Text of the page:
Avoid superstorm Sandy insurance and repair scams
Nov. 1, 2012 at 10:30 AM ET
After the storm comes the rebuilding, and the scammers capitalizing on fear and need. With $20 billion estimated in property damage, demand for clean-up and repair is high, putting anxious homeowners at risk for hard-sell fly-by-night contractors. They promise a big fix, push for your cash up front, then drive off with repairs poorly completed, or not at all. Now you've got a hole in your roof, and your wallet.
Jeanne Salvatore of the non-profit Insurance Information Institute and CNBC's Sharon Epperson spoke with TODAY's Savannah Guthrie this morning about how to protect yourself from what could be a secondary disaster - giving money too quickly to a con-artist trying to catch a ride off superstorm.
The number one red flag for any kind of scammer, but especially after a natural disaster, is that they come to you. Without a reputation or referrals, a grifter has to go cold-calling to drum up business. Squint your eyes carefully at anyone who comes knocking at your door, take their information, and don't get pressed into making an on-the-spot decision.
1. Don't pay in full up front
Never pay for more than 1/3 of the job before it's done. Otherwise there goes your security against work not completed or not done up to code.
2. Don't get rushed
Someone who promises to start work right away or bump you to the head of the line if you pay in full, and then threatens that you won't be able to get anyone else to fix it if they walk away, is trying to push your buttons.
3. Call your insurance agent
Your insurance agent "is a disaster clearing house," says Salvatore. Call them first. This is what you've been paying all those premiums all this time for! They can make recommendations from a list of pre-vetted contractors.
On top of being able to give you a referral, you need to be talking to them because your first priority should be reporting your claim to your insurance company, documenting all the damage, and taking photos and/or videos of everything.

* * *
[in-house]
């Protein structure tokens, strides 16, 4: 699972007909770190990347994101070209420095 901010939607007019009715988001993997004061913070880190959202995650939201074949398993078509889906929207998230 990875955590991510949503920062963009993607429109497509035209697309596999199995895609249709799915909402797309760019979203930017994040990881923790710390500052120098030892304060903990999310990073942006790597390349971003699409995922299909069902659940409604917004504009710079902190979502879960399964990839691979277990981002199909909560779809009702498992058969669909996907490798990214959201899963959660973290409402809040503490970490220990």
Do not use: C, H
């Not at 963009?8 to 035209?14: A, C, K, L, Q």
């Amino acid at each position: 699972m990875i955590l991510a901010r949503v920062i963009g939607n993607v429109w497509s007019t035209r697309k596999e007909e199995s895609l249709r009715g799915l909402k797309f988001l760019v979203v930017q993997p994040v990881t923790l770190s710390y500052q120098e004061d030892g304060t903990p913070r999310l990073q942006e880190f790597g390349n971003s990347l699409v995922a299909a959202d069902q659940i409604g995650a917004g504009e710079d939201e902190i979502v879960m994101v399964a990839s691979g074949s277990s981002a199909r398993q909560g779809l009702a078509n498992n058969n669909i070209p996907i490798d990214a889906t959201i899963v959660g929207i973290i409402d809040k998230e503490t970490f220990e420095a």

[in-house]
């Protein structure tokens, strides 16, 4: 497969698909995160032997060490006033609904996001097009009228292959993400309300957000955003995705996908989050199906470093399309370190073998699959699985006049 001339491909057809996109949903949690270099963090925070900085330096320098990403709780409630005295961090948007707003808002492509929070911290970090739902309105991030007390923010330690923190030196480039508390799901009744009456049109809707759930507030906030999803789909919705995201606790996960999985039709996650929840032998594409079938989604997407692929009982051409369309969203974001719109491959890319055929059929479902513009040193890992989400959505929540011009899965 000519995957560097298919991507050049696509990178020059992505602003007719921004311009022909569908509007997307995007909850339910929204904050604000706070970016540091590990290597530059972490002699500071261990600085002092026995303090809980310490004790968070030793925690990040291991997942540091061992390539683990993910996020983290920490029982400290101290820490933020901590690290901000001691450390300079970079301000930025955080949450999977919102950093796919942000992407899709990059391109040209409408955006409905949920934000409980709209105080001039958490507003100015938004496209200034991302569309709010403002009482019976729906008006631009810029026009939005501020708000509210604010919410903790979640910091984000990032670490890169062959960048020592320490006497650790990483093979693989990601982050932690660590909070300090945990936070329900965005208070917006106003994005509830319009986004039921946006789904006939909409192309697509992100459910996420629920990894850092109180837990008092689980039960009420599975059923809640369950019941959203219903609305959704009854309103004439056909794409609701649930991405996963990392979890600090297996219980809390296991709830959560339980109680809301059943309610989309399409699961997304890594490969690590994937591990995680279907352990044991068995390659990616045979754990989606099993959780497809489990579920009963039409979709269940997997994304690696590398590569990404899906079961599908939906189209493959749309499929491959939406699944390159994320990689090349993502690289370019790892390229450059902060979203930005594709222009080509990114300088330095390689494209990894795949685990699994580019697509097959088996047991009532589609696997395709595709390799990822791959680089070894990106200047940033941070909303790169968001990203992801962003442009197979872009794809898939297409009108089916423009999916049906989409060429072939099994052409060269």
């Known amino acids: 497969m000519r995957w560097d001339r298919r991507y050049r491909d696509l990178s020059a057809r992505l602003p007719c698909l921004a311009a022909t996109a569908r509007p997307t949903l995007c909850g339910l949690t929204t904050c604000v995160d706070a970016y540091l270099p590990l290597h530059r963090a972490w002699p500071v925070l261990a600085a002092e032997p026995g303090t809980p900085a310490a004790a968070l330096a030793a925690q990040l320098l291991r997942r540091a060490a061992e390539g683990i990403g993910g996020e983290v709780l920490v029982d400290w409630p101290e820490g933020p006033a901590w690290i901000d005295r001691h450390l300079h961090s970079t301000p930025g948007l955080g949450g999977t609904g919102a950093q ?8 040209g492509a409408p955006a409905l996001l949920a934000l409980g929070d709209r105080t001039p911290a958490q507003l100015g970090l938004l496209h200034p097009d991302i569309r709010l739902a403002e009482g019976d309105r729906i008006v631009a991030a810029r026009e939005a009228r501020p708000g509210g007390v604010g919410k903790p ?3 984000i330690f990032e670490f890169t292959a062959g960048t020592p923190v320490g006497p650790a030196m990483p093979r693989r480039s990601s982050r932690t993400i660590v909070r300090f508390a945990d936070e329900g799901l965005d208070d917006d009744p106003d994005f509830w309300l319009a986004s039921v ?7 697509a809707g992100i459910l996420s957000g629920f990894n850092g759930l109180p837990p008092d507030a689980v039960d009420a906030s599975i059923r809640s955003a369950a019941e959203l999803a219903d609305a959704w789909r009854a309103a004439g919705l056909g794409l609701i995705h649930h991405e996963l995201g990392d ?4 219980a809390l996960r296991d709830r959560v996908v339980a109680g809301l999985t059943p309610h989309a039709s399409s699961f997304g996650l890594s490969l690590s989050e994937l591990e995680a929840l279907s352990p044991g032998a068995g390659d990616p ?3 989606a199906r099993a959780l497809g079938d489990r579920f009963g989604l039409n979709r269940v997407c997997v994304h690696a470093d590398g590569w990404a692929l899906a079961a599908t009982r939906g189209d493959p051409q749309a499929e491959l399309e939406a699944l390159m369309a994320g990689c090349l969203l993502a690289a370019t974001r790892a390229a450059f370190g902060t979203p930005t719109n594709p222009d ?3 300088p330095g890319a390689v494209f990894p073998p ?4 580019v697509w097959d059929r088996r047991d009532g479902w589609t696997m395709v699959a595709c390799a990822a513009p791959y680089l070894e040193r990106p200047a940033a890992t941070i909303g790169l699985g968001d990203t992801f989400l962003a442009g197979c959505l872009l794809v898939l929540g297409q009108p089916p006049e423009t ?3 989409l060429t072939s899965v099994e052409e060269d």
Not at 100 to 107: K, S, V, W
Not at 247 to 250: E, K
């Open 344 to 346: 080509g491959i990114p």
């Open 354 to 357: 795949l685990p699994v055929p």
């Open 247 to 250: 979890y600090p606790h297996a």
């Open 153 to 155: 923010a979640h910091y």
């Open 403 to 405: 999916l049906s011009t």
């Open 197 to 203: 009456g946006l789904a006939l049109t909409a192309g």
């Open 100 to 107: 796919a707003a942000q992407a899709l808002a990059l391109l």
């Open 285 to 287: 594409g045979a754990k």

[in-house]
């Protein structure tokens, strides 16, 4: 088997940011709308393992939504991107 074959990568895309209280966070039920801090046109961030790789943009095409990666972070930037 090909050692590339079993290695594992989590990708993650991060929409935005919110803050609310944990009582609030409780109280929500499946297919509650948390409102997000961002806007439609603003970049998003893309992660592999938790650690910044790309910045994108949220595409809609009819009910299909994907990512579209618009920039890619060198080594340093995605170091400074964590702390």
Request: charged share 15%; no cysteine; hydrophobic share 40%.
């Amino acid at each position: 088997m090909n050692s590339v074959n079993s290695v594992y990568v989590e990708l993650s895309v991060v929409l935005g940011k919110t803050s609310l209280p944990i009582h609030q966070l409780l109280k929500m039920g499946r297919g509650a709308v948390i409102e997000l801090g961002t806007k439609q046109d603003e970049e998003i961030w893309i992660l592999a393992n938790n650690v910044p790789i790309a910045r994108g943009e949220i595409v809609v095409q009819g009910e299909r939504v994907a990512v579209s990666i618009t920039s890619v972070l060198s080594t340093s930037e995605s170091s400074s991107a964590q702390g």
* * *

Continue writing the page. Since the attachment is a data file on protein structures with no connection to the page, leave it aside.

4. Check to make sure they're legit
Ask to see their contractor's license and driver's license. Ask for references, and call them. Check out their BBB
profile. Provided you have internet access, scanning their customer reviews on free sites like Yelp
and pay sites like Angie's List
can fill out the picture and give you a quick bead on their reputation.
In addition, "Make sure that the contractor is the one who will be paying the subcontractors -- the plumber, the electrician," says CNBC's Epperson. "So that you don't get an unanticipated bill."
5. Get quotes
Just because it's a catastrophe doesn't mean you shouldn't shop around. Take their business card and tell them you'll get back to them, after you've gotten quotes from at least two other providers.
Downed phone, electrical, and internet access may make it harder to comparison shop or reach the people you need to. It's worth taking the extra time. You don't want to rush from a natural disaster into a financial one.
If you think you've been solicited or ripped off by a scammer, call the police. You can also file a report with the National Insurance Crime Bureau at 1-800-TEL-NICB (1-800-835-6422).
Says Salvatore, "If something doesn't feel right, it probably isn't."
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